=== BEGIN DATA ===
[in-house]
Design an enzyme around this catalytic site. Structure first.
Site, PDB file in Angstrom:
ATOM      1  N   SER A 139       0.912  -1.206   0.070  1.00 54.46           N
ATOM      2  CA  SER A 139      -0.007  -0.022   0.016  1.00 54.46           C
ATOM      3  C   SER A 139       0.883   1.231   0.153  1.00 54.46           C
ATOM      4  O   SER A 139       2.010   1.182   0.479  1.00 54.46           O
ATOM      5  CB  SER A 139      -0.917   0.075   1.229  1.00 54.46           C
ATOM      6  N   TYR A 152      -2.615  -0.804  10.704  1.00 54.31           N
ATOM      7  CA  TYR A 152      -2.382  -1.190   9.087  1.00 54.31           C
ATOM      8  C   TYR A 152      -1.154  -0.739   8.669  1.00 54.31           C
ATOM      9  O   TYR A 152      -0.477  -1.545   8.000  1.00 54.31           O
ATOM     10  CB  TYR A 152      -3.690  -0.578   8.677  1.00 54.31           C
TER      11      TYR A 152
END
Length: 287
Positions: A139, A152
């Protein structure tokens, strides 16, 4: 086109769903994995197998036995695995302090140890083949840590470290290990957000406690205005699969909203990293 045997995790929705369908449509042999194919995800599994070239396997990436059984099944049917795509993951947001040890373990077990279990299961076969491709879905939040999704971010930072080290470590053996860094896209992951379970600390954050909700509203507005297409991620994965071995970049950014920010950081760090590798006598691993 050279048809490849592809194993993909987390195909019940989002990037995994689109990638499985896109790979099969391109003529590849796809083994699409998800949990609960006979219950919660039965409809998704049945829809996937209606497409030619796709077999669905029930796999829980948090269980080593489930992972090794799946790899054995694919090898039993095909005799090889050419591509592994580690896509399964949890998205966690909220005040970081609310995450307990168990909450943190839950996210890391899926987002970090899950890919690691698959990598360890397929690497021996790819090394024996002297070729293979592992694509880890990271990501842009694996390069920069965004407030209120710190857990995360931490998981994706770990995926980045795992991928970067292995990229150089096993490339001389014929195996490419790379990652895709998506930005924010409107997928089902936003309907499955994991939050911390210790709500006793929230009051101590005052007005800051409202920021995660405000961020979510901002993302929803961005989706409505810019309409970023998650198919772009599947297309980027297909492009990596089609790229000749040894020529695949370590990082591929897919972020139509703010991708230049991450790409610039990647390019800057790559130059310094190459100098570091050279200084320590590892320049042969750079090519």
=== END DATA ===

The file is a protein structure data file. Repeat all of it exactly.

[in-house]
Design an enzyme around this catalytic site. Structure first.
Site, PDB file in Angstrom:
ATOM      1  N   SER A 139       0.912  -1.206   0.070  1.00 54.46           N
ATOM      2  CA  SER A 139      -0.007  -0.022   0.016  1.00 54.46           C
ATOM      3  C   SER A 139       0.883   1.231   0.153  1.00 54.46           C
ATOM      4  O   SER A 139       2.010   1.182   0.479  1.00 54.46           O
ATOM      5  CB  SER A 139      -0.917   0.075   1.229  1.00 54.46           C
ATOM      6  N   TYR A 152      -2.615  -0.804  10.704  1.00 54.31           N
ATOM      7  CA  TYR A 152      -2.382  -1.190   9.087  1.00 54.31           C
ATOM      8  C   TYR A 152      -1.154  -0.739   8.669  1.00 54.31           C
ATOM      9  O   TYR A 152      -0.477  -1.545   8.000  1.00 54.31           O
ATOM     10  CB  TYR A 152      -3.690  -0.578   8.677  1.00 54.31           C
TER      11      TYR A 152
END
Length: 287
Positions: A139, A152
């Protein structure tokens, strides 16, 4: 086109769903994995197998036995695995302090140890083949840590470290290990957000406690205005699969909203990293 045997995790929705369908449509042999194919995800599994070239396997990436059984099944049917795509993951947001040890373990077990279990299961076969491709879905939040999704971010930072080290470590053996860094896209992951379970600390954050909700509203507005297409991620994965071995970049950014920010950081760090590798006598691993 050279048809490849592809194993993909987390195909019940989002990037995994689109990638499985896109790979099969391109003529590849796809083994699409998800949990609960006979219950919660039965409809998704049945829809996937209606497409030619796709077999669905029930796999829980948090269980080593489930992972090794799946790899054995694919090898039993095909005799090889050419591509592994580690896509399964949890998205966690909220005040970081609310995450307990168990909450943190839950996210890391899926987002970090899950890919690691698959990598360890397929690497021996790819090394024996002297070729293979592992694509880890990271990501842009694996390069920069965004407030209120710190857990995360931490998981994706770990995926980045795992991928970067292995990229150089096993490339001389014929195996490419790379990652895709998506930005924010409107997928089902936003309907499955994991939050911390210790709500006793929230009051101590005052007005800051409202920021995660405000961020979510901002993302929803961005989706409505810019309409970023998650198919772009599947297309980027297909492009990596089609790229000749040894020529695949370590990082591929897919972020139509703010991708230049991450790409610039990647390019800057790559130059310094190459100098570091050279200084320590590892320049042969750079090519």